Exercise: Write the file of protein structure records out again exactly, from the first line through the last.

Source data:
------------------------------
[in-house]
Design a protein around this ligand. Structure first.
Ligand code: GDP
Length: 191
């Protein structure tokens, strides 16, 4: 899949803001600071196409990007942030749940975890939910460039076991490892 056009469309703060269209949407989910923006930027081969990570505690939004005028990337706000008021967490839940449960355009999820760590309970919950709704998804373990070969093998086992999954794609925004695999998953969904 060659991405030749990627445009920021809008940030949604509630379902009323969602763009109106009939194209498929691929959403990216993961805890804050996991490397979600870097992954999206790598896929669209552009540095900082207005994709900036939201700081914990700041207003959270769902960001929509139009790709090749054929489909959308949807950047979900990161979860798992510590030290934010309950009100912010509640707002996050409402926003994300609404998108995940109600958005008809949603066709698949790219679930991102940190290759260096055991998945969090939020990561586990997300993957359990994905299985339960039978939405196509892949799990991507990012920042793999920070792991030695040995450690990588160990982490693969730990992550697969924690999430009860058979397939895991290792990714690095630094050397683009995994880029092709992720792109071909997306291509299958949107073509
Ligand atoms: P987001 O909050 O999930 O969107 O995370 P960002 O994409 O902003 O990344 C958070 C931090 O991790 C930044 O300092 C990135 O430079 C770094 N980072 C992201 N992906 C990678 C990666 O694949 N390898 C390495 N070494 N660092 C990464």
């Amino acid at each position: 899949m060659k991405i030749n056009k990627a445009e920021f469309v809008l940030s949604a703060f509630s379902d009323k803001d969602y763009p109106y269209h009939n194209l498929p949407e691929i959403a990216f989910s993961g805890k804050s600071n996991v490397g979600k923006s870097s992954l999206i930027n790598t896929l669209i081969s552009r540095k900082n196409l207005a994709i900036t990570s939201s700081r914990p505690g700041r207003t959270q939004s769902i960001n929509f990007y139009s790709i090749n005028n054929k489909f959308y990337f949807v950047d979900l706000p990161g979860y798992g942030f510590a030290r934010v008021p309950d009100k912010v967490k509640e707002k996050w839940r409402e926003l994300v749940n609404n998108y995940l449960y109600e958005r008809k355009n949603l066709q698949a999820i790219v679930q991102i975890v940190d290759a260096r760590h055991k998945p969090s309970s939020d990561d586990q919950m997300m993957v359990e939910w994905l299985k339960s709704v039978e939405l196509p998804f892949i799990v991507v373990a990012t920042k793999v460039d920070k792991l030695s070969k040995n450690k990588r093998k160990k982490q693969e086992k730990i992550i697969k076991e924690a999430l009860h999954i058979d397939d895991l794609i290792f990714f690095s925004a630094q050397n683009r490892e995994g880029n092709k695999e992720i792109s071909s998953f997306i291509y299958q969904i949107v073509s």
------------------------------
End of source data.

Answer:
[in-house]
Design a protein around this ligand. Structure first.
Ligand code: GDP
Length: 191
């Protein structure tokens, strides 16, 4: 899949803001600071196409990007942030749940975890939910460039076991490892 056009469309703060269209949407989910923006930027081969990570505690939004005028990337706000008021967490839940449960355009999820760590309970919950709704998804373990070969093998086992999954794609925004695999998953969904 060659991405030749990627445009920021809008940030949604509630379902009323969602763009109106009939194209498929691929959403990216993961805890804050996991490397979600870097992954999206790598896929669209552009540095900082207005994709900036939201700081914990700041207003959270769902960001929509139009790709090749054929489909959308949807950047979900990161979860798992510590030290934010309950009100912010509640707002996050409402926003994300609404998108995940109600958005008809949603066709698949790219679930991102940190290759260096055991998945969090939020990561586990997300993957359990994905299985339960039978939405196509892949799990991507990012920042793999920070792991030695040995450690990588160990982490693969730990992550697969924690999430009860058979397939895991290792990714690095630094050397683009995994880029092709992720792109071909997306291509299958949107073509
Ligand atoms: P987001 O909050 O999930 O969107 O995370 P960002 O994409 O902003 O990344 C958070 C931090 O991790 C930044 O300092 C990135 O430079 C770094 N980072 C992201 N992906 C990678 C990666 O694949 N390898 C390495 N070494 N660092 C990464």
């Amino acid at each position: 899949m060659k991405i030749n056009k990627a445009e920021f469309v809008l940030s949604a703060f509630s379902d009323k803001d969602y763009p109106y269209h009939n194209l498929p949407e691929i959403a990216f989910s993961g805890k804050s600071n996991v490397g979600k923006s870097s992954l999206i930027n790598t896929l669209i081969s552009r540095k900082n196409l207005a994709i900036t990570s939201s700081r914990p505690g700041r207003t959270q939004s769902i960001n929509f990007y139009s790709i090749n005028n054929k489909f959308y990337f949807v950047d979900l706000p990161g979860y798992g942030f510590a030290r934010v008021p309950d009100k912010v967490k509640e707002k996050w839940r409402e926003l994300v749940n609404n998108y995940l449960y109600e958005r008809k355009n949603l066709q698949a999820i790219v679930q991102i975890v940190d290759a260096r760590h055991k998945p969090s309970s939020d990561d586990q919950m997300m993957v359990e939910w994905l299985k339960s709704v039978e939405l196509p998804f892949i799990v991507v373990a990012t920042k793999v460039d920070k792991l030695s070969k040995n450690k990588r093998k160990k982490q693969e086992k730990i992550i697969k076991e924690a999430l009860h999954i058979d397939d895991l794609i290792f990714f690095s925004a630094q050397n683009r490892e995994g880029n092709k695999e992720i792109s071909s998953f997306i291509y299958q969904i949107v073509s």